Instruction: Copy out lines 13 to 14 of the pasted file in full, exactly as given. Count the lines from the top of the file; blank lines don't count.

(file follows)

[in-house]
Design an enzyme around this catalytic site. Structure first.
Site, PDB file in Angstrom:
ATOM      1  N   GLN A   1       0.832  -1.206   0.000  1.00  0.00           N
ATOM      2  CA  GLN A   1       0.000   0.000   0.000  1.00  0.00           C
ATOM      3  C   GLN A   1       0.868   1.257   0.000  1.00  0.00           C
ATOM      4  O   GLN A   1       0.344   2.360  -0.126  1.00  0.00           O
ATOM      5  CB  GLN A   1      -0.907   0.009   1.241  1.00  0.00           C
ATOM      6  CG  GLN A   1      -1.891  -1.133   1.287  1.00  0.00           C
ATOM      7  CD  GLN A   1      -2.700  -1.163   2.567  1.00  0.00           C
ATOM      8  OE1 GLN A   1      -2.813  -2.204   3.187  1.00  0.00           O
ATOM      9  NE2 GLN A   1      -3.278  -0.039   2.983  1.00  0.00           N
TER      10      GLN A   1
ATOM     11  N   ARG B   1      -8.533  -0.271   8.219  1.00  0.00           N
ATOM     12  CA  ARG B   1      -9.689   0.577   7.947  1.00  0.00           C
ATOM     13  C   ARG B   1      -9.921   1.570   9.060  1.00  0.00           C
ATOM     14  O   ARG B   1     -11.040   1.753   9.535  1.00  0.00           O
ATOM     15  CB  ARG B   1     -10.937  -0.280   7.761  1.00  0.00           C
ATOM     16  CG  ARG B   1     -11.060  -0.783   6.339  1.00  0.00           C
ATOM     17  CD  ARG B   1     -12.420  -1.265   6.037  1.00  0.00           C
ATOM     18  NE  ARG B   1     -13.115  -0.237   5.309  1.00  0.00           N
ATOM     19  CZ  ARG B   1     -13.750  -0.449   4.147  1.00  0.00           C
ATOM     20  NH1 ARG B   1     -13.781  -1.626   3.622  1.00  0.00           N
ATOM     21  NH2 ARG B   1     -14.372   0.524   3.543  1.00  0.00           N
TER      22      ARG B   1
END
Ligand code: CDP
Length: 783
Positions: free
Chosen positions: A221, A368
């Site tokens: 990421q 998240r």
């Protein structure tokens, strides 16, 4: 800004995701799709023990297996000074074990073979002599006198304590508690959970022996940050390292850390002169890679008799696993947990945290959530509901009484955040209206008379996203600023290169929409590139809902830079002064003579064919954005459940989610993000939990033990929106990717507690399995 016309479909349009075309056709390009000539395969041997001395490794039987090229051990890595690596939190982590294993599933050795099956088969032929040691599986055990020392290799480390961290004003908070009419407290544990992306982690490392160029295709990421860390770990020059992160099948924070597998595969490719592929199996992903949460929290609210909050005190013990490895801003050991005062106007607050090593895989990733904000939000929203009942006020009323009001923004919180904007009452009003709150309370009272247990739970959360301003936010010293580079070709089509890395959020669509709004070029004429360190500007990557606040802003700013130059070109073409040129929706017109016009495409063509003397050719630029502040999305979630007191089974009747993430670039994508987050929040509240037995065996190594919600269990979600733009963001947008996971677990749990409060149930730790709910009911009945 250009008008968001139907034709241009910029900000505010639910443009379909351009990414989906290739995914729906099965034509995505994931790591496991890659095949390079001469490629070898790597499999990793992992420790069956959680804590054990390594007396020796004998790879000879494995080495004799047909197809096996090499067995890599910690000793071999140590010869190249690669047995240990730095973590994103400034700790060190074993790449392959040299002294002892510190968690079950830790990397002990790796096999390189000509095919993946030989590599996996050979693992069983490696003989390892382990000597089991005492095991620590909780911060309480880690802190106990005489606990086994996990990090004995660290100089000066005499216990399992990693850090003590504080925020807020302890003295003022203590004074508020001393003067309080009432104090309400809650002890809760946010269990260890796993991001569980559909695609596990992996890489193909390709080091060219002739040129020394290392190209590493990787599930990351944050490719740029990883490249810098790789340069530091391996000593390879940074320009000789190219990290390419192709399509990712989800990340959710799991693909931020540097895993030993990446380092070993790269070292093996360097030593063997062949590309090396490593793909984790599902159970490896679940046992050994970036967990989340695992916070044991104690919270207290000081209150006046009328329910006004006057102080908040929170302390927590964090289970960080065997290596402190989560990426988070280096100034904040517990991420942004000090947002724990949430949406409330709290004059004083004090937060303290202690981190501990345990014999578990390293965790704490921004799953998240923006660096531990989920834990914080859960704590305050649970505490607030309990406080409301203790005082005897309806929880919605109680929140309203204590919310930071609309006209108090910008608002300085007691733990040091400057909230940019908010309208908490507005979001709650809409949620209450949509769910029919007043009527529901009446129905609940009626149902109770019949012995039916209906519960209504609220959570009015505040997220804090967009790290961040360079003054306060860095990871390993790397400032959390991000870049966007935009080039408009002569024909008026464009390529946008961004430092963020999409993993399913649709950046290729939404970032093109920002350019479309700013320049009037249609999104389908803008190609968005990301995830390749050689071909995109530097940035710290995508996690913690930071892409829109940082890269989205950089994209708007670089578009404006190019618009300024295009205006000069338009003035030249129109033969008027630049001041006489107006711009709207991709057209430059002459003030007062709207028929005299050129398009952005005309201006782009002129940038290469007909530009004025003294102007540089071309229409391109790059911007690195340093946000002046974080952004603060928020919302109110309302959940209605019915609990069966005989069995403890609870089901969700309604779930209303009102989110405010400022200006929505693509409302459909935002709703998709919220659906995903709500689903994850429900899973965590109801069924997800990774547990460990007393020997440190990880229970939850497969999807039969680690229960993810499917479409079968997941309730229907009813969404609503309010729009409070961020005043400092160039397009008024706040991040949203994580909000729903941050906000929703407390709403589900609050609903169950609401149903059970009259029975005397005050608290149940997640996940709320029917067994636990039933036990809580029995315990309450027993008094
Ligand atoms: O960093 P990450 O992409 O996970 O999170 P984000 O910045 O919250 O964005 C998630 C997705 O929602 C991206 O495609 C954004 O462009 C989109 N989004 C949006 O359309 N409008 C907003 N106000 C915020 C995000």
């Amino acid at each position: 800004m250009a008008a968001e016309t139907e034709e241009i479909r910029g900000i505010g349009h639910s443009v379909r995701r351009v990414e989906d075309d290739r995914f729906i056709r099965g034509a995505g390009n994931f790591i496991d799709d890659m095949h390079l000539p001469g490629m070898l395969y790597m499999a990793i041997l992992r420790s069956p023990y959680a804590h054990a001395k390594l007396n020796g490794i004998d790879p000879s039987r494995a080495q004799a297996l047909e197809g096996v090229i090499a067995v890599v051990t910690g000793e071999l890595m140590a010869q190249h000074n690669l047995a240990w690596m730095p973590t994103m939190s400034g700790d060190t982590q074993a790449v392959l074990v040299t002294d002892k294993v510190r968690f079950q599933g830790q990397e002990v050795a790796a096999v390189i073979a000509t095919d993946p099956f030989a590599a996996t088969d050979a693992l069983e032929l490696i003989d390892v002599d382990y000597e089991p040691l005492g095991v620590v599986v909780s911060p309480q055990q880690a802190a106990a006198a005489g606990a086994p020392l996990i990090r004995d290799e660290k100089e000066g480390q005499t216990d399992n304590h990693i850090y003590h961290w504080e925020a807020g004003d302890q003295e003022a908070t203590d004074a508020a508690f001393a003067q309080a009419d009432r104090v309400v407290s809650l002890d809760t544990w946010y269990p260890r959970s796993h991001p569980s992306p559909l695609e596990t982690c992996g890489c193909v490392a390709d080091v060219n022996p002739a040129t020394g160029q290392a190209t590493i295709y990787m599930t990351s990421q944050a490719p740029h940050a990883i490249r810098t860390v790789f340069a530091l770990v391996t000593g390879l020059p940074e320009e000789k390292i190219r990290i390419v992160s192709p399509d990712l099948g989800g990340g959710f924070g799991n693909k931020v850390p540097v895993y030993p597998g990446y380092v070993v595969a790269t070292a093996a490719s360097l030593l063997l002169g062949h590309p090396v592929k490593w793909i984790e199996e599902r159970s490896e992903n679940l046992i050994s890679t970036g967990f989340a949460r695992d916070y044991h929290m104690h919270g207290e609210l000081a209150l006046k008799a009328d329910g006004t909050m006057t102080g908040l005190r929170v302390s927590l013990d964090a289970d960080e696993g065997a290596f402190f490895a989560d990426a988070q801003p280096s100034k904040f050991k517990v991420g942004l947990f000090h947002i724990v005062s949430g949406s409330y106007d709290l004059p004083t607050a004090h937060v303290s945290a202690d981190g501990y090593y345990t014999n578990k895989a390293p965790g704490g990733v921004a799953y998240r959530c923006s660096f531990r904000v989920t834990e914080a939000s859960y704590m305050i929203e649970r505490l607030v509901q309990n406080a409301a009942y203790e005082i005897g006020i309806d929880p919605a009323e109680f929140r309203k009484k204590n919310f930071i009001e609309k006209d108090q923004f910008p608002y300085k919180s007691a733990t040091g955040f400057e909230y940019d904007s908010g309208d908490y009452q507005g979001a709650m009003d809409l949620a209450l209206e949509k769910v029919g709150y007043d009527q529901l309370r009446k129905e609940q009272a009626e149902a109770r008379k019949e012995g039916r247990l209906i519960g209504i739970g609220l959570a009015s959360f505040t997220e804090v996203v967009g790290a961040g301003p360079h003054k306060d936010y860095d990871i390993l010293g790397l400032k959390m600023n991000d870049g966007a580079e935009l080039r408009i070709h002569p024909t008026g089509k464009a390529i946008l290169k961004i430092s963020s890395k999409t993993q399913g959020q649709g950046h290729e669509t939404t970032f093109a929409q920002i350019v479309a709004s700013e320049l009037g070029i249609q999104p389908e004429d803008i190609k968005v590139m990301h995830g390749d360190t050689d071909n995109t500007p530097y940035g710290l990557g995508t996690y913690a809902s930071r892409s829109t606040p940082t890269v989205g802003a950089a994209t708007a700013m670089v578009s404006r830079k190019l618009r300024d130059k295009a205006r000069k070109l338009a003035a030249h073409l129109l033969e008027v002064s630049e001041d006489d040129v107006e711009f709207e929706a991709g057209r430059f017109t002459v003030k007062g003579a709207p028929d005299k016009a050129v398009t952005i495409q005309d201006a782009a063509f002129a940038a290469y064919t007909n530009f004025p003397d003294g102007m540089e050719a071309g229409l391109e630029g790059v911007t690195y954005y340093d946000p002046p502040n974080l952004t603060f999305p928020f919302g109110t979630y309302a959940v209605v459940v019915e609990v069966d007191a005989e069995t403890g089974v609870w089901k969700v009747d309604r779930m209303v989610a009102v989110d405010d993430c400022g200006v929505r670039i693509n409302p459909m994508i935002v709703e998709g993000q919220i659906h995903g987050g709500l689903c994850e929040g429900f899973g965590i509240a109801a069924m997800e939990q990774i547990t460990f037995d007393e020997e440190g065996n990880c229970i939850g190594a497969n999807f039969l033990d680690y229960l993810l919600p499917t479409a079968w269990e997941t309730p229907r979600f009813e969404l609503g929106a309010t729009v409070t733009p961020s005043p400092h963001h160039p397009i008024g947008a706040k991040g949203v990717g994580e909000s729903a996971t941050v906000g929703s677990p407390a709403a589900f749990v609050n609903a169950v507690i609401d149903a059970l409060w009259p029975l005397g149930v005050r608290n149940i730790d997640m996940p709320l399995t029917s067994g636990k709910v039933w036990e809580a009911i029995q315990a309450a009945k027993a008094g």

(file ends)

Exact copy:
TER      10      GLN A   1
ATOM     11  N   ARG B   1      -8.533  -0.271   8.219  1.00  0.00           N